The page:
From the New York Times:
A tiny Texas school district will allow teachers and staff members to carry concealed firearms to deter and protect against school shootings when classes begin this month, provided the gun-toting employees follow certain requirements. The community, Harrold, is about 150 miles northwest of Fort Worth. Ken Trump, a school security expert in Cleveland who advises districts nationwide, said Harrold was the first district with such a policy. For employees to carry a pistol, they must have a Texas license to carry a concealed handgun; must be authorized to carry by the district; must receive training in crisis management and hostile situations; and must use ammunition designed to minimize the risk of ricocheting bullets.

Tuesday, August 12, 2008


Thanks to my magisterial command of modal semantics and my Herculean ability to derive ought from is, I was able to secure for myself a free (well... almost free) flight to my old stomping ground. So I'll be away for a few days, making the most of the final weeks of summer. I'll be flashing the secret sign throughout my voyage, for those who might be interested. I'm sure I'll run into a few of you jerks.

Try not to miss me too much.

King Diamond

I've long hated the truly pathetic, maximally monotonous, and self-important Metallica. However, I've long been fascinated by the absurd extremity of Danish and Norwegian metal. So, although I find the music of Mercyful Fate unbearably bad, I took a detached interest in them and their lead singer, King Diamond. I've now changed my view: they all suck.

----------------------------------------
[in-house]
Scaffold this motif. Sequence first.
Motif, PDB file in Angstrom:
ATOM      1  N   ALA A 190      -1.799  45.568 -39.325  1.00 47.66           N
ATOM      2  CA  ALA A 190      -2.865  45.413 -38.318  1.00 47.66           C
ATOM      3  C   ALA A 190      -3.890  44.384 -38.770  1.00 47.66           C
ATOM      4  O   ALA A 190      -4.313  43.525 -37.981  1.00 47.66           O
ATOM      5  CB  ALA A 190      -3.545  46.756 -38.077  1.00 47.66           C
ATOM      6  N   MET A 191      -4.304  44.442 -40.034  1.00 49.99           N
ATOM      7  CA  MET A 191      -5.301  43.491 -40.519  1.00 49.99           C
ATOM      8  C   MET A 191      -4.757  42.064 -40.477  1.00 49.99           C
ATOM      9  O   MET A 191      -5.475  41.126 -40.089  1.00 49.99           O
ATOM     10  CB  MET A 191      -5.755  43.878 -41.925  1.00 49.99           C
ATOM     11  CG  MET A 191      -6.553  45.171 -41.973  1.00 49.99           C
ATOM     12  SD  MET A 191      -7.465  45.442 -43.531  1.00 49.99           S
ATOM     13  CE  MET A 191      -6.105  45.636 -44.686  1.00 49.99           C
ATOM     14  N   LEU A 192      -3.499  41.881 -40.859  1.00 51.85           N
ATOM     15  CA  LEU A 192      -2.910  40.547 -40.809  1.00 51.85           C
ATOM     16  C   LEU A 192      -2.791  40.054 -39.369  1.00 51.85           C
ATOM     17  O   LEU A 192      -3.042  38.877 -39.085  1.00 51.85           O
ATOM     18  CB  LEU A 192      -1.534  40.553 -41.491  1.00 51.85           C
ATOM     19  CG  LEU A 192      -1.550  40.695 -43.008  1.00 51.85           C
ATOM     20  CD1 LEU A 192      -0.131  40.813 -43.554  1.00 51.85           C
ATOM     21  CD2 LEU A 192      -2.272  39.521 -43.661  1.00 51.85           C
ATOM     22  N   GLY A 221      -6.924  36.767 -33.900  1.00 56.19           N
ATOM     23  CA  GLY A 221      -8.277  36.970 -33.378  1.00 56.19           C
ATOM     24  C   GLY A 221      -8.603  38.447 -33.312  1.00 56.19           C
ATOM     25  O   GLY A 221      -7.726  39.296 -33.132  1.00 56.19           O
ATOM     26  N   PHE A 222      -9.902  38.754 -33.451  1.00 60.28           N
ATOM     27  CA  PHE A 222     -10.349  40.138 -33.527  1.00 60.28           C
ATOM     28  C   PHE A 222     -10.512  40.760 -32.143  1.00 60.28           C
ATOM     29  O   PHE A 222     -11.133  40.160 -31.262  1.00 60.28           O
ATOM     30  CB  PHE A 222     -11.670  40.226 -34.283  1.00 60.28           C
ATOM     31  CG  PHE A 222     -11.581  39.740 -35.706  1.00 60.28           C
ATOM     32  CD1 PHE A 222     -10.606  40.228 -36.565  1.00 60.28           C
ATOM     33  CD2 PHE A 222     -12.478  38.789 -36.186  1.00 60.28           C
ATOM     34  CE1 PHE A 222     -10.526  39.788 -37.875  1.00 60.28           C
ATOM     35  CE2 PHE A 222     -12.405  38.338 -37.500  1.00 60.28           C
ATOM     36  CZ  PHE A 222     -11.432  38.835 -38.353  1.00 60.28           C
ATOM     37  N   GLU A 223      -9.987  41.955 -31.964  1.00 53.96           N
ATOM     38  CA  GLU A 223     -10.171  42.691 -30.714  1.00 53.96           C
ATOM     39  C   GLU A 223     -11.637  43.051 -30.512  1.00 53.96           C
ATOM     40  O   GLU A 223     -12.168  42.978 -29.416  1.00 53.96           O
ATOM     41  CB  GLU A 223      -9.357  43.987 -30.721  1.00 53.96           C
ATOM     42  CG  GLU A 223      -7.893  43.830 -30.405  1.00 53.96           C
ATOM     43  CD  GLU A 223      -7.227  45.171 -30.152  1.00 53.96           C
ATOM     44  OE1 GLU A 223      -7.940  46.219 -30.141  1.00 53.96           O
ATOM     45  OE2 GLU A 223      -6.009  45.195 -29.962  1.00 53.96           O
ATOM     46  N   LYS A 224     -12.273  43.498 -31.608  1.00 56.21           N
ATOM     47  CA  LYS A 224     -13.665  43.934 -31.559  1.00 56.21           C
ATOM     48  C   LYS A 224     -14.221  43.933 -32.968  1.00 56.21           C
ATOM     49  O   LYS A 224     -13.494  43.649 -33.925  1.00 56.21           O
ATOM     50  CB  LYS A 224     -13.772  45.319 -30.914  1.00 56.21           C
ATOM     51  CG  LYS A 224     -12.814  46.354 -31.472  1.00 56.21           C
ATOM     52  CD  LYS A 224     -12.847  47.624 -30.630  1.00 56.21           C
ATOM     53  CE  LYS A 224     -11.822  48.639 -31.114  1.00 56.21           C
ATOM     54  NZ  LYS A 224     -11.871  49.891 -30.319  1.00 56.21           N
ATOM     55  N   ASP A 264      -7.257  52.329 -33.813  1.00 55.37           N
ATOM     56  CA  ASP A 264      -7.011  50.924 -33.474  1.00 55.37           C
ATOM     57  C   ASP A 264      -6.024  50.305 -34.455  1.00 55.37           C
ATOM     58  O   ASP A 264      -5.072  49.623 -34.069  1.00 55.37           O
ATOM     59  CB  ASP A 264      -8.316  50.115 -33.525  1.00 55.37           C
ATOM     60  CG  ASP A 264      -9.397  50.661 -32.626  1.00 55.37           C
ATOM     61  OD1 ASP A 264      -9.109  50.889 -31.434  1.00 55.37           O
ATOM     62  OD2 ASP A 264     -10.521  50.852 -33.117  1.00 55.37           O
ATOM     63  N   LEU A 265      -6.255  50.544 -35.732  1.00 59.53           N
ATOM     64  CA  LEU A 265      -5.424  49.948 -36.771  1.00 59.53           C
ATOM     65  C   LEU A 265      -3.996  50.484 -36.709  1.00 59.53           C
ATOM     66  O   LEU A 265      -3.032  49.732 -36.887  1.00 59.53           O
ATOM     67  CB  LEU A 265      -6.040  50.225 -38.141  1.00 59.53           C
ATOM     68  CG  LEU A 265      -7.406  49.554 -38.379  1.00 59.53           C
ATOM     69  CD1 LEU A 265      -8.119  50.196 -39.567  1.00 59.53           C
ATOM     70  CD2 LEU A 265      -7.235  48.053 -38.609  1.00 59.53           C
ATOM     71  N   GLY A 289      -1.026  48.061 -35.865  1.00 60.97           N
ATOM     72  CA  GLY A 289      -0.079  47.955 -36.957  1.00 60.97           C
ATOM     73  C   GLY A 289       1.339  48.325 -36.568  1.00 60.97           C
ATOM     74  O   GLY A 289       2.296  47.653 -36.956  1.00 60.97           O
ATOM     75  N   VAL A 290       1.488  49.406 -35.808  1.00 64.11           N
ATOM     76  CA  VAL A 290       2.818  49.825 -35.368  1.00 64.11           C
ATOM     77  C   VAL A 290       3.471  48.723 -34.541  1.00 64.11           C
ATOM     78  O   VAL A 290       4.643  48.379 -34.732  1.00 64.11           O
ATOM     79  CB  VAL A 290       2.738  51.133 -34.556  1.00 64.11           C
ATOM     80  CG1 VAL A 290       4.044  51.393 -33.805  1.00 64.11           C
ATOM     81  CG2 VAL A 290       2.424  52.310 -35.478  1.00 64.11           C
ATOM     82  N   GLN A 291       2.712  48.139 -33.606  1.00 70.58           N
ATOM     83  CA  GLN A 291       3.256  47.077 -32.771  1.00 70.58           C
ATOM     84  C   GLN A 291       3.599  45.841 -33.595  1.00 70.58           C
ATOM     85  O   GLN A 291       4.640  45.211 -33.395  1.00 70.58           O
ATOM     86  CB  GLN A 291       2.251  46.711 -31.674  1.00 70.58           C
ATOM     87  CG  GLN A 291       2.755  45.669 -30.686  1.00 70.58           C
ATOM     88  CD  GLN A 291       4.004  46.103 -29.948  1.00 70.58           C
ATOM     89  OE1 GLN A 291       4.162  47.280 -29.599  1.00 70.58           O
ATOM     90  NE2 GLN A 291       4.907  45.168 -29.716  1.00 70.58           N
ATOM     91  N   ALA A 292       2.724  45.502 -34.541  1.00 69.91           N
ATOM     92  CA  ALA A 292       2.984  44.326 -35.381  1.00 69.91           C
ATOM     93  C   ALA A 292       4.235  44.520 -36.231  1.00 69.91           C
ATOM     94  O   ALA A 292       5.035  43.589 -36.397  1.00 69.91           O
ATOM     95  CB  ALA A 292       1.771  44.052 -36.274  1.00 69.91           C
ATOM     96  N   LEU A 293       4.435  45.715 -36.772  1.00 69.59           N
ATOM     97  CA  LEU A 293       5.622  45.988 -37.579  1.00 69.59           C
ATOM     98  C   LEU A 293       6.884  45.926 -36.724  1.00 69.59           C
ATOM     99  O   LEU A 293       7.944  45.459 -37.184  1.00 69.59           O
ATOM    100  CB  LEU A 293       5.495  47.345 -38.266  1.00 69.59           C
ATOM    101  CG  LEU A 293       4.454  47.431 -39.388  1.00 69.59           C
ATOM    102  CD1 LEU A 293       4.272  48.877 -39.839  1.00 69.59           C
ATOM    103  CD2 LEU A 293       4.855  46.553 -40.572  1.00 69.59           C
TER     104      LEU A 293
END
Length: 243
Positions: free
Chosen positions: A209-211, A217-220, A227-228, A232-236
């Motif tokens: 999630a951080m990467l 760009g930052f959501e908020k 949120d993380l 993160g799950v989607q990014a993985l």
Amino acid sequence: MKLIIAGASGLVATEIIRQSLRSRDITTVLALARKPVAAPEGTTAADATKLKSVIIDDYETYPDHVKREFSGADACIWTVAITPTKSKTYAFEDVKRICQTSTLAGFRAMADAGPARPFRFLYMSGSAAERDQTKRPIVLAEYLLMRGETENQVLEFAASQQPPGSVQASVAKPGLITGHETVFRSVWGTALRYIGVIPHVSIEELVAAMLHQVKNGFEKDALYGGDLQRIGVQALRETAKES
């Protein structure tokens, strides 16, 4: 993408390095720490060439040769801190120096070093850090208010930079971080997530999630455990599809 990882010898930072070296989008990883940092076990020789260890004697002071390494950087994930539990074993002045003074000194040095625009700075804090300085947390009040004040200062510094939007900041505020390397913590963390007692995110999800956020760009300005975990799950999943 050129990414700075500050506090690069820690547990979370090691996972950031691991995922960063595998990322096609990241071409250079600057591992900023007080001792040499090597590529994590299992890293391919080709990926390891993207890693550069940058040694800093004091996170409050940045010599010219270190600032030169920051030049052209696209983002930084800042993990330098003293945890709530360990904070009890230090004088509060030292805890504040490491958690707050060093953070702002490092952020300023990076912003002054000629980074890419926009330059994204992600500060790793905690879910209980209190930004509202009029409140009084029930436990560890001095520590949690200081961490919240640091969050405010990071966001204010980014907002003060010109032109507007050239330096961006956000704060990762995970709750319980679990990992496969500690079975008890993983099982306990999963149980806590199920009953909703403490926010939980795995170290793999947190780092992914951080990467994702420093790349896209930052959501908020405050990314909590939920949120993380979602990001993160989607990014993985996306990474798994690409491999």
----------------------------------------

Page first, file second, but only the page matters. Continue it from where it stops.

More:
Here's a clip of Metallica being joined on stage by King Diamond for a medley of Mercyful Fate songs. This is truly awful. Note the exceedingly low-quality air guitar chops of Diamond. No metal singer should ever be permitted to play air guitar. Ever.

Prepare to be bored.

Monday, August 11, 2008

Job Market

I was just visiting the new APA website, marveling at how disorganized, clunky, and slow it is (note: not even an automatic redirect from the old site!), and I noticed that the kick-off for the 2008-2009 job hunting season is a mere 8 weeks away! The October Jobs for Philosophers gets posted on October 10, bitches.

Feel the bile rise. Is your dossier in order? Did you nail down a defense date? Which jerk is going to trash you in a (confidential) recommendation letter? Still no publications, huh? There probably won't be many jobs in your AOS this year anyway...

I remember very clearly the joy I felt my first semester at my first job. The JFP showed up, and I suddenly realized that I didn't have to bother looking at it.

For those not in philosophy, keep a sadistic eye on the always amusing pit of torment, the Philosophy Job Market Blog.

Sunday, August 10, 2008

Citing Unpublished Material

I just received a note from a recent graduate who is about to begin his first job. Naturally he has spent the summer writing and submitting. Anyway, he is now working on a paper that deals with a very specific debate in his main area of research. As it turns out, the state of the art in this debate turns crucially on... get this.... an unpublished paper by one of the Great Old Men (GOMs) in the area. According to the student, this paper is cited with exceptional frequency, especially among those who are also GOMs (or on their way to being such).

Several attempts to get a copy of the paper from a GOM who has cited the paper (btw: the GOM who wrote the paper is retired and GOMy enough to not use email... or apparently even a telephone) have failed: the claim is that, since the paper is unpublished, it cannot be circulated without explicit permission from the (unreachable) author.

This is bloody ridiculous. In fact it strikes me as a breach of a central academic norm: Anything that's cited in a substantive way (viz., not simply mentioned, but used) must be made public so that it (both the way it is used and the source itself) can be critically examined, challenged, and responded to, etc. In this particular case, the withholding of the GOM's paper has the effect of restricting access to the current debate on this issue.